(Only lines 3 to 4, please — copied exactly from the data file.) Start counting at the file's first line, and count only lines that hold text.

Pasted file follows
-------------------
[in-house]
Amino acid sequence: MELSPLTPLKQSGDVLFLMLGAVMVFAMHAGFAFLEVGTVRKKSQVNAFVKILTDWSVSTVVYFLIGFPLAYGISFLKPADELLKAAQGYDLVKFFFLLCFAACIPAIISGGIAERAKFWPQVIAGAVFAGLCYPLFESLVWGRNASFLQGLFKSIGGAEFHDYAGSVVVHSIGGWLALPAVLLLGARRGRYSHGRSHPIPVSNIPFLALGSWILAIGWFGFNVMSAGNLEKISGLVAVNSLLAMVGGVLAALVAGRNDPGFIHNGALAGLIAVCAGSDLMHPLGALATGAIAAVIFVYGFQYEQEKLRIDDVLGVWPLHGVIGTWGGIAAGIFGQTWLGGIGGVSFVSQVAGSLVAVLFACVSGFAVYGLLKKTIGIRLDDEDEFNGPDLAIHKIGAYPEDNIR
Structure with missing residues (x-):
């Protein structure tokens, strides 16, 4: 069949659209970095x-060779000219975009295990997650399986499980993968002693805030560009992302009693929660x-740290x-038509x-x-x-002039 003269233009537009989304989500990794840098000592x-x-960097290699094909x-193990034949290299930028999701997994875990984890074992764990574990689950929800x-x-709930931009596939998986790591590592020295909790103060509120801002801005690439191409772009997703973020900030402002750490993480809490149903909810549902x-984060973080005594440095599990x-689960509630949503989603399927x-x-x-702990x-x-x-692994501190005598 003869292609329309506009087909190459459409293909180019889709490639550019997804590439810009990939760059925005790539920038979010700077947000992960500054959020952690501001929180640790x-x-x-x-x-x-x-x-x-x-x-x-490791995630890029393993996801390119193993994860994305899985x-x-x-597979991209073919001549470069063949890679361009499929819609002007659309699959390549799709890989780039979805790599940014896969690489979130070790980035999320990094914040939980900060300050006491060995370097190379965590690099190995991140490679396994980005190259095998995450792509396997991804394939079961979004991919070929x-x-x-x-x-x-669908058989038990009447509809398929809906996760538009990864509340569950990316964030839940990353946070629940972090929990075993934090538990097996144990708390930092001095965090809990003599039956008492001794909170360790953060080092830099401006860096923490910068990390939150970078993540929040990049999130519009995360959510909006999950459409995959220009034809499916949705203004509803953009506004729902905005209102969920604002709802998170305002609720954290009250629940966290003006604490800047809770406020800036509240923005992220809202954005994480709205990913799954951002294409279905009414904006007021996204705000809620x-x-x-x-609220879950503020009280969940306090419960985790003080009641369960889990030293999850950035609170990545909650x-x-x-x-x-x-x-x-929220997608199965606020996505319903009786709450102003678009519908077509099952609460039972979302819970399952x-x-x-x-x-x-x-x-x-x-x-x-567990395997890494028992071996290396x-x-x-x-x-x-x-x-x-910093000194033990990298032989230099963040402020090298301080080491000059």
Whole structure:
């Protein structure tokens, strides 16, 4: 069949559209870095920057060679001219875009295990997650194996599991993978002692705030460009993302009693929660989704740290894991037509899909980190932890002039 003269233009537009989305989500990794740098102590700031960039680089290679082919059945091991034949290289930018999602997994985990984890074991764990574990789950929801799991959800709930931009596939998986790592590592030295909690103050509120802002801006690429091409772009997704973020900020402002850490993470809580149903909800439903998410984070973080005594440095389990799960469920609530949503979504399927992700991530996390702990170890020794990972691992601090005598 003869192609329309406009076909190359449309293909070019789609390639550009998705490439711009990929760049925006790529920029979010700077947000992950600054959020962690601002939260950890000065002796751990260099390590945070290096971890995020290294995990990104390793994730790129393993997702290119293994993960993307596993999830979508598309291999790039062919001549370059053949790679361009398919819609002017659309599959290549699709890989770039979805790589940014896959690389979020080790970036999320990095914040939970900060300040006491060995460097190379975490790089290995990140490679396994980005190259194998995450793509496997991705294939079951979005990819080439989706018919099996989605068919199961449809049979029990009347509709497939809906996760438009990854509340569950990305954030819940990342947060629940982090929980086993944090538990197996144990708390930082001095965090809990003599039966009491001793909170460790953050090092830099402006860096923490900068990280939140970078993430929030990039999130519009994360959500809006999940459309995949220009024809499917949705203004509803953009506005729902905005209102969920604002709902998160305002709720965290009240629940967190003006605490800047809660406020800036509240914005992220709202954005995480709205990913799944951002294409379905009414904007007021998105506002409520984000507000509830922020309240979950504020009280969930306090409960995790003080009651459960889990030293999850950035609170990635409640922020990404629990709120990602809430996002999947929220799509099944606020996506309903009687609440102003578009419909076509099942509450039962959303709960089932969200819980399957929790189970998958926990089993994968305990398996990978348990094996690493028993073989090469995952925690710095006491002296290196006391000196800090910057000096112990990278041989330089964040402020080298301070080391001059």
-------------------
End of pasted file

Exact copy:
Structure with missing residues (x-):
């Protein structure tokens, strides 16, 4: 069949659209970095x-060779000219975009295990997650399986499980993968002693805030560009992302009693929660x-740290x-038509x-x-x-002039 003269233009537009989304989500990794840098000592x-x-960097290699094909x-193990034949290299930028999701997994875990984890074992764990574990689950929800x-x-709930931009596939998986790591590592020295909790103060509120801002801005690439191409772009997703973020900030402002750490993480809490149903909810549902x-984060973080005594440095599990x-689960509630949503989603399927x-x-x-702990x-x-x-692994501190005598 003869292609329309506009087909190459459409293909180019889709490639550019997804590439810009990939760059925005790539920038979010700077947000992960500054959020952690501001929180640790x-x-x-x-x-x-x-x-x-x-x-x-490791995630890029393993996801390119193993994860994305899985x-x-x-597979991209073919001549470069063949890679361009499929819609002007659309699959390549799709890989780039979805790599940014896969690489979130070790980035999320990094914040939980900060300050006491060995370097190379965590690099190995991140490679396994980005190259095998995450792509396997991804394939079961979004991919070929x-x-x-x-x-x-669908058989038990009447509809398929809906996760538009990864509340569950990316964030839940990353946070629940972090929990075993934090538990097996144990708390930092001095965090809990003599039956008492001794909170360790953060080092830099401006860096923490910068990390939150970078993540929040990049999130519009995360959510909006999950459409995959220009034809499916949705203004509803953009506004729902905005209102969920604002709802998170305002609720954290009250629940966290003006604490800047809770406020800036509240923005992220809202954005994480709205990913799954951002294409279905009414904006007021996204705000809620x-x-x-x-609220879950503020009280969940306090419960985790003080009641369960889990030293999850950035609170990545909650x-x-x-x-x-x-x-x-929220997608199965606020996505319903009786709450102003678009519908077509099952609460039972979302819970399952x-x-x-x-x-x-x-x-x-x-x-x-567990395997890494028992071996290396x-x-x-x-x-x-x-x-x-910093000194033990990298032989230099963040402020090298301080080491000059």